Magazine article The Learning Professional

Equity Drives Learning Forward's Vision

Magazine article The Learning Professional

Equity Drives Learning Forward's Vision

Article excerpt

At Learning Forward, we fundamentally believe every child deserves access to excellent teaching and learning every day, regardless of his or her ZIP code or family income. Socioeconomic conditions, race, gender, ethnic background, and other factors should not be predictors for educational attainment.

We believe school systems and other learning environments have to be relentless in addressing the issue of expanding learning opportunities for each and every student while building on the strengths all children bring to the classroom.

These beliefs are fundamental to our approaches to achieving equity. They underlie the decision the board of trustees made earlier this year to explicitly include equity in Learning Forward's vision statement: Equity and excellence in teaching and learning.

We recognize that districts and schools have many tools to address their equity challenges, and we believe effective professional learning can play a crucial role. How a district defines equity will determine the role professional learning can play in helping the system achieve its goals.

For example, if a district has a goal focused on closing achievement gaps for populations that haven't performed as well as others, the professional learning strategy might include a focus on helping teachers try different approaches, differentiate to meet learning needs, and find ways to build on the strengths of all students.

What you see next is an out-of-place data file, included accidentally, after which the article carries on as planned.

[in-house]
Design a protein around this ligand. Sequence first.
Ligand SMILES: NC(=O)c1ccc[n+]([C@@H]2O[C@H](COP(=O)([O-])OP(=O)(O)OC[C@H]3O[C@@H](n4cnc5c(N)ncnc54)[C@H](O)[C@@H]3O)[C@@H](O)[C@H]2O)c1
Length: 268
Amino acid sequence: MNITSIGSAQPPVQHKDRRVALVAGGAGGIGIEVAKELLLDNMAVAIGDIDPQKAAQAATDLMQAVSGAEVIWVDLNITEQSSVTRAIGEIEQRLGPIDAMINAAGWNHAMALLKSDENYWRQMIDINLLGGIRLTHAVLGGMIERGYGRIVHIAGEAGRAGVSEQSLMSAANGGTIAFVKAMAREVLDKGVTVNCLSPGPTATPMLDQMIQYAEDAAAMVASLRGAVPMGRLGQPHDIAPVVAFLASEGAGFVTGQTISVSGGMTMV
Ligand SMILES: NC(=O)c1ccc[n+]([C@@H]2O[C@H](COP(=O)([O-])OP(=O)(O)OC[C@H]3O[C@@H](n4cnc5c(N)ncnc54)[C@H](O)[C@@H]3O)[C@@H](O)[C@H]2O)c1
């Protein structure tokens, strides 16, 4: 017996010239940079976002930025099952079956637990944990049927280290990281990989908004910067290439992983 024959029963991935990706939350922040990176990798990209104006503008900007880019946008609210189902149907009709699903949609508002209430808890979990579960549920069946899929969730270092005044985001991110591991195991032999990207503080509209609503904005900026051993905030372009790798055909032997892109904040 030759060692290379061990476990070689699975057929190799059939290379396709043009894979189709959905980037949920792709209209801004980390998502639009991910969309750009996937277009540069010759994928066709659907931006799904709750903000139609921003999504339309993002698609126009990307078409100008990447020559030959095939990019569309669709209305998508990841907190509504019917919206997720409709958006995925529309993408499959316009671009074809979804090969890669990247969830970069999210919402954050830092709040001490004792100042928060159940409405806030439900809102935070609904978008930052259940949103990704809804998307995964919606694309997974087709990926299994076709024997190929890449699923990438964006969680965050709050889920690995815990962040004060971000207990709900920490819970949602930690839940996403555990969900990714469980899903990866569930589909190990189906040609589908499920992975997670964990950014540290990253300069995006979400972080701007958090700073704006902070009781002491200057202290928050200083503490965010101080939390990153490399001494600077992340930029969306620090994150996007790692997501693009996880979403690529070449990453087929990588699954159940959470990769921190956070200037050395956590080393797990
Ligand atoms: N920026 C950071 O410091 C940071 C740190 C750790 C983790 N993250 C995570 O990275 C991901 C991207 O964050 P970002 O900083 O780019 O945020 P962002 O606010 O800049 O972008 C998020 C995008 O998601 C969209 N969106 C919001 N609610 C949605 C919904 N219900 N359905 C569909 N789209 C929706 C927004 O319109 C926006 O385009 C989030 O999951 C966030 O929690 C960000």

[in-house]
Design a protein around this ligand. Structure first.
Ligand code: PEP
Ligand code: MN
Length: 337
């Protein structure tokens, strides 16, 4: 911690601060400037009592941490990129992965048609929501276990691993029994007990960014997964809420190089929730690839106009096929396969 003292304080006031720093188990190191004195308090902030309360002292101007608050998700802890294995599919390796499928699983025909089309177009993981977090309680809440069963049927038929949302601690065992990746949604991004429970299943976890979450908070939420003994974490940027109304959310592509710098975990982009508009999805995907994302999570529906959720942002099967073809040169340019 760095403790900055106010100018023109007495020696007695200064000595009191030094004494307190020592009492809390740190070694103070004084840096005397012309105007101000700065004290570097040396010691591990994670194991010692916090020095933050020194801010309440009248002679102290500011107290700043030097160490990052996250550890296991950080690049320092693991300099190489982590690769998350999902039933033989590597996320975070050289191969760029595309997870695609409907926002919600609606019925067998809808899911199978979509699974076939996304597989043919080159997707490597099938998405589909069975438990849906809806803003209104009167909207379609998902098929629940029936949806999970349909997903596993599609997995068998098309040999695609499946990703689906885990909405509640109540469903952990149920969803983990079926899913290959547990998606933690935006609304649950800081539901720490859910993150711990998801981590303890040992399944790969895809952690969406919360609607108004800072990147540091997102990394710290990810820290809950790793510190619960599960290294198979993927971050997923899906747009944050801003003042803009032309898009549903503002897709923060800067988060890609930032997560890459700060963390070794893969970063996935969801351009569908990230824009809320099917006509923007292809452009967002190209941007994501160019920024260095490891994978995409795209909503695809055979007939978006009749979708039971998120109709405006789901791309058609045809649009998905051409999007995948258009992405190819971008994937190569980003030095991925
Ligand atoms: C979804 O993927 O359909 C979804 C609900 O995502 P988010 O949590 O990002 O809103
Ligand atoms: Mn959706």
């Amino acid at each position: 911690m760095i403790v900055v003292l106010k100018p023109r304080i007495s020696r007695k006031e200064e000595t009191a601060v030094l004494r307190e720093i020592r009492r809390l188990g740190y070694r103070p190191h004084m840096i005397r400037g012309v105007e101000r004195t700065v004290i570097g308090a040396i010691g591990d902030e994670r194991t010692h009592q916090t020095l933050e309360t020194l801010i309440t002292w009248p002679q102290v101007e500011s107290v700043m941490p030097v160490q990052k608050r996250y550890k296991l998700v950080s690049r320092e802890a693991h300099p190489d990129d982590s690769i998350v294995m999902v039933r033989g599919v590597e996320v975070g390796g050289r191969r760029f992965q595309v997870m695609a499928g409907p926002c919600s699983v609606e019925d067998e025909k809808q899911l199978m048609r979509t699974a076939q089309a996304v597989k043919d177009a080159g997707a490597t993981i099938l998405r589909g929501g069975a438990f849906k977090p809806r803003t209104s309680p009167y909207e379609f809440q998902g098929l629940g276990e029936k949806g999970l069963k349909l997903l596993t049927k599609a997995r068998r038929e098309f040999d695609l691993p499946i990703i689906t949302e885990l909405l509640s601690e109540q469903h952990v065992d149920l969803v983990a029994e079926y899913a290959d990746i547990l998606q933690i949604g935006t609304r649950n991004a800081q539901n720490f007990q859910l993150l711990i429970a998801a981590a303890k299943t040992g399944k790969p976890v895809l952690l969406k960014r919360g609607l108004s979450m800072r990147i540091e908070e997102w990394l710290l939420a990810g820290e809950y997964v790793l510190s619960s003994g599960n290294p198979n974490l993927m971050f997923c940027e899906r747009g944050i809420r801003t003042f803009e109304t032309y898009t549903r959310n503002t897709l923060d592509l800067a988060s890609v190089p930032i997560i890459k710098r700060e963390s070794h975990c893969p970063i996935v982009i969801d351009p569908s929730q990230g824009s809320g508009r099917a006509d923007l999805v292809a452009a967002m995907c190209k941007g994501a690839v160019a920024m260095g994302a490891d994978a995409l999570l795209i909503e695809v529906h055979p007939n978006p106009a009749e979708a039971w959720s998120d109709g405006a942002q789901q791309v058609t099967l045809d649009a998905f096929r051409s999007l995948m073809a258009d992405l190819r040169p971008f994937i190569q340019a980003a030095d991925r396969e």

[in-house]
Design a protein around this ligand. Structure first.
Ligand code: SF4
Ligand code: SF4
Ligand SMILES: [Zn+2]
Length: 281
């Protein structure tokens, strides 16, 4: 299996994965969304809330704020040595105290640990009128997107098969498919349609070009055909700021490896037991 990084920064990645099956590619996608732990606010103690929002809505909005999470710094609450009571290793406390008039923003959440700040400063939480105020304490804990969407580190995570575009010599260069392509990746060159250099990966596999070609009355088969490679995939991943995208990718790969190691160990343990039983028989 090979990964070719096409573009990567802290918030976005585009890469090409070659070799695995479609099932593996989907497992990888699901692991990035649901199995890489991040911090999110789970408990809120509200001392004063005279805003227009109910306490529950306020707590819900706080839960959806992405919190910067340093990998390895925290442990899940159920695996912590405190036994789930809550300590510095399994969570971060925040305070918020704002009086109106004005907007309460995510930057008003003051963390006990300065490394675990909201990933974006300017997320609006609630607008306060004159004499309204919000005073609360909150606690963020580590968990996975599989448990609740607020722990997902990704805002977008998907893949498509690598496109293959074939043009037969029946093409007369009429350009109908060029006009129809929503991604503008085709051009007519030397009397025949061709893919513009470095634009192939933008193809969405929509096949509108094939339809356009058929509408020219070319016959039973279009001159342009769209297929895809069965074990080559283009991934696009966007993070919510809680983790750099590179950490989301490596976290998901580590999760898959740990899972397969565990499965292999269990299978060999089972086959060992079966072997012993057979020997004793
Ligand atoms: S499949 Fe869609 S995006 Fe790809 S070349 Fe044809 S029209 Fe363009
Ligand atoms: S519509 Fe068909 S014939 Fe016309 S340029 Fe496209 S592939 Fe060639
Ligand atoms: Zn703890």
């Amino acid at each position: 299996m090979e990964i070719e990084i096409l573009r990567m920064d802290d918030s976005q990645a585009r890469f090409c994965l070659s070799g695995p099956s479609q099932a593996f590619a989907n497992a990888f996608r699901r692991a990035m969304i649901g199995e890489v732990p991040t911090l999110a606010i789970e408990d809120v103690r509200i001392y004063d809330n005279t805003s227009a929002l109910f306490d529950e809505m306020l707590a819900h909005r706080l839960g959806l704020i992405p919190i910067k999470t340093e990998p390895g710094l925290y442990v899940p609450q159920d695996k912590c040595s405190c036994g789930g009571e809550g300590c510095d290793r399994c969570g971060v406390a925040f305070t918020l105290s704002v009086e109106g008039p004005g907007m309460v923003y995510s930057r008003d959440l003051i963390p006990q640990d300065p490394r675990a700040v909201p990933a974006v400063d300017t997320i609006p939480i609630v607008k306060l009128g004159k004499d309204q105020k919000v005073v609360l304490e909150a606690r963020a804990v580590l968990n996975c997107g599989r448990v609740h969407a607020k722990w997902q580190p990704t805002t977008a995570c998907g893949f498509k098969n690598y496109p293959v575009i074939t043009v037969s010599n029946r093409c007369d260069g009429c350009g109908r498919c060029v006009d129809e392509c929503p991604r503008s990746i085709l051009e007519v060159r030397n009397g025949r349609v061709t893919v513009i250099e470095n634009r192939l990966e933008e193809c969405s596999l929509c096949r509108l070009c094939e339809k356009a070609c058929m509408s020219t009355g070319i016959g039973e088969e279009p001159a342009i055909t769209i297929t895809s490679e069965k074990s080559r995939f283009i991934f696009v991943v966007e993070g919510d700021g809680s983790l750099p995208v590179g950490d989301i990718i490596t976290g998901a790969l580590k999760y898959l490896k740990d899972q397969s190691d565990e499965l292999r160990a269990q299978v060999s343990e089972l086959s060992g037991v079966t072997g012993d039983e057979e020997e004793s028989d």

Another equity goal for a district could be increasing the diversity of its teaching force to more closely align to its student demographics. In this case, the professional learning strategy could include supporting principals and central office staff in strategies to attract, seek out, and support teacher candidates. Such a strategy would include developing an induction process that values culture, embraces diversity in the teaching force, and builds the efficacy of new teachers.

A district's equity strategies connect directly to the attitudes and beliefs of its workforce. The professional learning strategy can help central office and building staff engage in deep exploration of their values, beliefs, and assumptions about children who have life experiences different from their own.

This professional learning approach is not something a district or school accomplishes in a two-hour sit-and-get session or a professional development day for all staff at the beginning of the year. Instead, it requires an ongoing commitment to understanding the core issues and creating ways of working that allow educators to return to the topic, practice strategies, receive feedback, and assess their new practices and behaviors.

This professional learning strategy also requires a firm commitment from district leaders to stay engaged until new behaviors are sustained and equity goals are met. …

Search by... Author
Show... All Results Primary Sources Peer-reviewed

Oops!

An unknown error has occurred. Please click the button below to reload the page. If the problem persists, please try again in a little while.